WESTBROOK, Maine — It’s the end of an unbearable day of work or school. You’re frustrated. You feel a deep need to chuck sharp objects across the room. You want the satisfaction of hearing them hit the wall. You’re sure it will make you feel better but there’s no way to know for sure without destroying your walls.

Now, there’s a place you can test that theory in relative safety.

Two weeks ago, Maine Warrior Gym on Spring Street in Westbrook, next to Husson College, opened Maine’s first ax-throwing range, The Axe Pit. Think of it as darts but with spinning hatchets. Instead of a cork dart board there’s a painted target on a row of 2×6 planks.

“It’s a great stress reliever,” said gym co-owner Tim Johnson. “You can get out a lot of aggression, especially with the room we have here. It makes a great sound when it thunks into the target.”

The range, which resembles a bowling lane, is encased in steel mesh. The wire prevents spectators from stray, bouncing axes. They don’t always stick.

Safety is important, said Johnson. Nobody gets to use the facility without a bit of instruction. No one under 18 can take part, and open-toed shoes are a no-no.

“It’s as easy and safe as playing darts, but far more satisfying,” according to the pit’s website.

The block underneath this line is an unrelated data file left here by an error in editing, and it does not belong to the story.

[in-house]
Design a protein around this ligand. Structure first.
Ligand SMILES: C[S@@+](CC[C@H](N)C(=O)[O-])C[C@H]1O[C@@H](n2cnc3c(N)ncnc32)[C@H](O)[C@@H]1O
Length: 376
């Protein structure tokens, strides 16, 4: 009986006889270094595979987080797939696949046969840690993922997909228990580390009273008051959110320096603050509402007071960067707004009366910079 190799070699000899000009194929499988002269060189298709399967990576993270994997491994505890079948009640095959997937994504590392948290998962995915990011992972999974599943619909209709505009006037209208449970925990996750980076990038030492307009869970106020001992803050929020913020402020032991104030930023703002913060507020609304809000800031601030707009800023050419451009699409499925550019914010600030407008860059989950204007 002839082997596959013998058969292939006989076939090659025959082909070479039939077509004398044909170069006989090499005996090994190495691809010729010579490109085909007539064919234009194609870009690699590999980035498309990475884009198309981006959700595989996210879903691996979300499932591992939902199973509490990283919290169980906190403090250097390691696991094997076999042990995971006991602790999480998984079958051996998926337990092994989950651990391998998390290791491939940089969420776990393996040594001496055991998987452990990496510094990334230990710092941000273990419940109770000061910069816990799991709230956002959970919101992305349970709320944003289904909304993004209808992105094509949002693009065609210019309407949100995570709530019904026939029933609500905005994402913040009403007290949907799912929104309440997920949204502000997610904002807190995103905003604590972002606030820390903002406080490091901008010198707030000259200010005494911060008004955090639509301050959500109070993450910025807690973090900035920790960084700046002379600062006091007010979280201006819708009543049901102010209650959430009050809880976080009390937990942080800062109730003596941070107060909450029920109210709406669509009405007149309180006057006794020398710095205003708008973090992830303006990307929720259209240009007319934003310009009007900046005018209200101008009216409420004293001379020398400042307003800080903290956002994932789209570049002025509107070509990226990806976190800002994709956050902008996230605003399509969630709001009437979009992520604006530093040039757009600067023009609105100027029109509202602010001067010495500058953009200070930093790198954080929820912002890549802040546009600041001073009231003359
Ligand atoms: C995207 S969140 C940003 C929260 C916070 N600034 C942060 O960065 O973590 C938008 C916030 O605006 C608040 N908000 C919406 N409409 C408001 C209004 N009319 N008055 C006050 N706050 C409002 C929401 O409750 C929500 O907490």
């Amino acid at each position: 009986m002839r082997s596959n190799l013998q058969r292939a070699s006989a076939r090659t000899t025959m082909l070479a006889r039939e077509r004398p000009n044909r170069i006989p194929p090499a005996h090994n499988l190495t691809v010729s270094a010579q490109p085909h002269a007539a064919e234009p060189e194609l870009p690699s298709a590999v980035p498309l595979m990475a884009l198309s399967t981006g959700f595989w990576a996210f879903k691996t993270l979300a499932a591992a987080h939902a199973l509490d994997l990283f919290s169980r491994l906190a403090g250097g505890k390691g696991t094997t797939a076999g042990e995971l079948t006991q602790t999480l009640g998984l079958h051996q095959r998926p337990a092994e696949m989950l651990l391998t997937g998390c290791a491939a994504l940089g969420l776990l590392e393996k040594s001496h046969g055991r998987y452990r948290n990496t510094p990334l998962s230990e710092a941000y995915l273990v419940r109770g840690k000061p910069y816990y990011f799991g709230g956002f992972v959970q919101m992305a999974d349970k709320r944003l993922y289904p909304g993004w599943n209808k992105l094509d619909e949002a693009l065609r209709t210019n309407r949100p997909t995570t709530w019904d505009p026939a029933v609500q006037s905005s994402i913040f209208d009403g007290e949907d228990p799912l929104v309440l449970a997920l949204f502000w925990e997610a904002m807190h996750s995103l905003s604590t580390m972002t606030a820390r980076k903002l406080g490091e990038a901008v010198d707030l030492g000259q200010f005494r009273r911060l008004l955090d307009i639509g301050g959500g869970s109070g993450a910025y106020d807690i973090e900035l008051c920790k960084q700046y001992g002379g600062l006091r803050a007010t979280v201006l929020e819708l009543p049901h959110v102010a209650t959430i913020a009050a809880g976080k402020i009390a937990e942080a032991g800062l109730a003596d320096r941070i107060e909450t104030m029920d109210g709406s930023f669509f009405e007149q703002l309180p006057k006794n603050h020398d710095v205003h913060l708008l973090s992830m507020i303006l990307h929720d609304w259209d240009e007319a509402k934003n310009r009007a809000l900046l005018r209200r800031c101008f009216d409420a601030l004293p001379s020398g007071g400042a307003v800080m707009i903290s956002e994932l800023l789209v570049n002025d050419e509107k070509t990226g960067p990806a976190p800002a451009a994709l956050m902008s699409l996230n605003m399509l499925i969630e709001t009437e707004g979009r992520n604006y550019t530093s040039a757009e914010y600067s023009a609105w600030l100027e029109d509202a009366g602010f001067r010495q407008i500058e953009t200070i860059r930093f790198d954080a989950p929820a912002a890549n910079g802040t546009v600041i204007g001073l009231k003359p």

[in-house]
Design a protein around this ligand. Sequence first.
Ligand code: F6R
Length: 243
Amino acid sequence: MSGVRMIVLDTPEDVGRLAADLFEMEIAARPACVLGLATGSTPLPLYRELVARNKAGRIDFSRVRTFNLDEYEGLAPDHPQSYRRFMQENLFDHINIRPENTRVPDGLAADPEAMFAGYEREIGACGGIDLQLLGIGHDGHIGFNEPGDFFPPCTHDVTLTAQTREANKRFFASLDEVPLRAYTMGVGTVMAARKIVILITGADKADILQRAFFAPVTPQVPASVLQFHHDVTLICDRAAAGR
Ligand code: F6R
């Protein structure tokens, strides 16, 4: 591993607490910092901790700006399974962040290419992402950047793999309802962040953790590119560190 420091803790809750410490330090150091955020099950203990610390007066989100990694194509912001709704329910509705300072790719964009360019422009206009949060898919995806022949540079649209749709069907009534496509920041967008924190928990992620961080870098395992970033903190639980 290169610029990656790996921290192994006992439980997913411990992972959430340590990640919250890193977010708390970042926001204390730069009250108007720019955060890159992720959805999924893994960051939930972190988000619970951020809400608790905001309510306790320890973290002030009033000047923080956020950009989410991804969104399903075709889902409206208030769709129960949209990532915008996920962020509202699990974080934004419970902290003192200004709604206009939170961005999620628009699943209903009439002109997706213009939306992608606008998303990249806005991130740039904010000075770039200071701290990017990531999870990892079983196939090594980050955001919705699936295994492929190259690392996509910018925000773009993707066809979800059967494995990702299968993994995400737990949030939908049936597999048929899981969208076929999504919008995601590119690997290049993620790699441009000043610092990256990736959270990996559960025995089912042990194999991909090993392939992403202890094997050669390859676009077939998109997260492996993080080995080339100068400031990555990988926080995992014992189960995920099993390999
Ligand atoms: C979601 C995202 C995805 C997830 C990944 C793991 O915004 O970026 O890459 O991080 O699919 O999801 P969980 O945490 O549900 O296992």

According to a Washington Post story from last fall, the sport first twirled into the United States via Canada. It hit its first target in a former textile mill in Philadelphia. Then, it landed for a second time in Chicago.

Johnson said it’s more of a social activity than an actual fitness program. He likens it to mini golf and billiards. He’s hoping to attract couples on date night, as well as bachelor parties and companies looking for unique team-building exercises. He said they may expand to more lanes and start a formal competition if there’s enough interest. In preparation, the gym joined the World Axe Throwing League.

Hatchet-hurling is a good fit for the Maine Warrior Gym, said Johnson. It also offers “American Ninja Warrior” and “Jedi Arts” training. The gym boasts a 5,000 square-foot fitness obstacle course, too.

“Our goal and our mission is to embody that warrior philosophy,” said Johnson. “… And get you to step out of your comfort zone and do something you’re really not comfortable with — try something that’s a little frightening.”

You don’t need a plaid shirt and hipster cred to try ax throwing, either.

“It’s preferred,” said Johnson, stroking his whiskers and smiling. “But we do allow people without beards.”

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Troy R. Bennett

Troy R. Bennett is a Buxton native and longtime Portland resident whose photojournalism has appeared in media outlets all over the world.